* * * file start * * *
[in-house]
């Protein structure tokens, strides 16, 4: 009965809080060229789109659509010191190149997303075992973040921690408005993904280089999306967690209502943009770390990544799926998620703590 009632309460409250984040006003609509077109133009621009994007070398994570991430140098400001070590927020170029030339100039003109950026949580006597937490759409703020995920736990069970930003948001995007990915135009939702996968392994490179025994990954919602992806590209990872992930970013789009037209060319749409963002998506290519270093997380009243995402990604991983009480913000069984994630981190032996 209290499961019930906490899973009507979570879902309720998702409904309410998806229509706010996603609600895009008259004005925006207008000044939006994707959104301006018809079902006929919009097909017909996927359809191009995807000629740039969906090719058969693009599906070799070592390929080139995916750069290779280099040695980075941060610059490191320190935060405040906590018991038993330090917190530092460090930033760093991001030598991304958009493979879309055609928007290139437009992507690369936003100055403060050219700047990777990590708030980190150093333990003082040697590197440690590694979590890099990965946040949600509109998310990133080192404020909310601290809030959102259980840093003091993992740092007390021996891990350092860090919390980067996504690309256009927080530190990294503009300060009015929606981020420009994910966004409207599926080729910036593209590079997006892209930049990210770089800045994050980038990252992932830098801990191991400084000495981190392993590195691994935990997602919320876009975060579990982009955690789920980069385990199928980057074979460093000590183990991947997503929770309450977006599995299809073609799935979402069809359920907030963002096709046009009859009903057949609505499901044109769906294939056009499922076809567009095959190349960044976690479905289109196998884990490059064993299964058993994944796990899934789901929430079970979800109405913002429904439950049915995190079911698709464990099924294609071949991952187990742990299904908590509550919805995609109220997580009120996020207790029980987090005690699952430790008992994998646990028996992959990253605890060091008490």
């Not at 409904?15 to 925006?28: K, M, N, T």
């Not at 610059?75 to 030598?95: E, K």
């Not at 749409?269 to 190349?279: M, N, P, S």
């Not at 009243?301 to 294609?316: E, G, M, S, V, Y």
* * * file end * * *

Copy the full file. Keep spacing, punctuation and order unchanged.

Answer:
[in-house]
């Protein structure tokens, strides 16, 4: 009965809080060229789109659509010191190149997303075992973040921690408005993904280089999306967690209502943009770390990544799926998620703590 009632309460409250984040006003609509077109133009621009994007070398994570991430140098400001070590927020170029030339100039003109950026949580006597937490759409703020995920736990069970930003948001995007990915135009939702996968392994490179025994990954919602992806590209990872992930970013789009037209060319749409963002998506290519270093997380009243995402990604991983009480913000069984994630981190032996 209290499961019930906490899973009507979570879902309720998702409904309410998806229509706010996603609600895009008259004005925006207008000044939006994707959104301006018809079902006929919009097909017909996927359809191009995807000629740039969906090719058969693009599906070799070592390929080139995916750069290779280099040695980075941060610059490191320190935060405040906590018991038993330090917190530092460090930033760093991001030598991304958009493979879309055609928007290139437009992507690369936003100055403060050219700047990777990590708030980190150093333990003082040697590197440690590694979590890099990965946040949600509109998310990133080192404020909310601290809030959102259980840093003091993992740092007390021996891990350092860090919390980067996504690309256009927080530190990294503009300060009015929606981020420009994910966004409207599926080729910036593209590079997006892209930049990210770089800045994050980038990252992932830098801990191991400084000495981190392993590195691994935990997602919320876009975060579990982009955690789920980069385990199928980057074979460093000590183990991947997503929770309450977006599995299809073609799935979402069809359920907030963002096709046009009859009903057949609505499901044109769906294939056009499922076809567009095959190349960044976690479905289109196998884990490059064993299964058993994944796990899934789901929430079970979800109405913002429904439950049915995190079911698709464990099924294609071949991952187990742990299904908590509550919805995609109220997580009120996020207790029980987090005690699952430790008992994998646990028996992959990253605890060091008490």
């Not at 409904?15 to 925006?28: K, M, N, T």
């Not at 610059?75 to 030598?95: E, K």
């Not at 749409?269 to 190349?279: M, N, P, S």
């Not at 009243?301 to 294609?316: E, G, M, S, V, Y």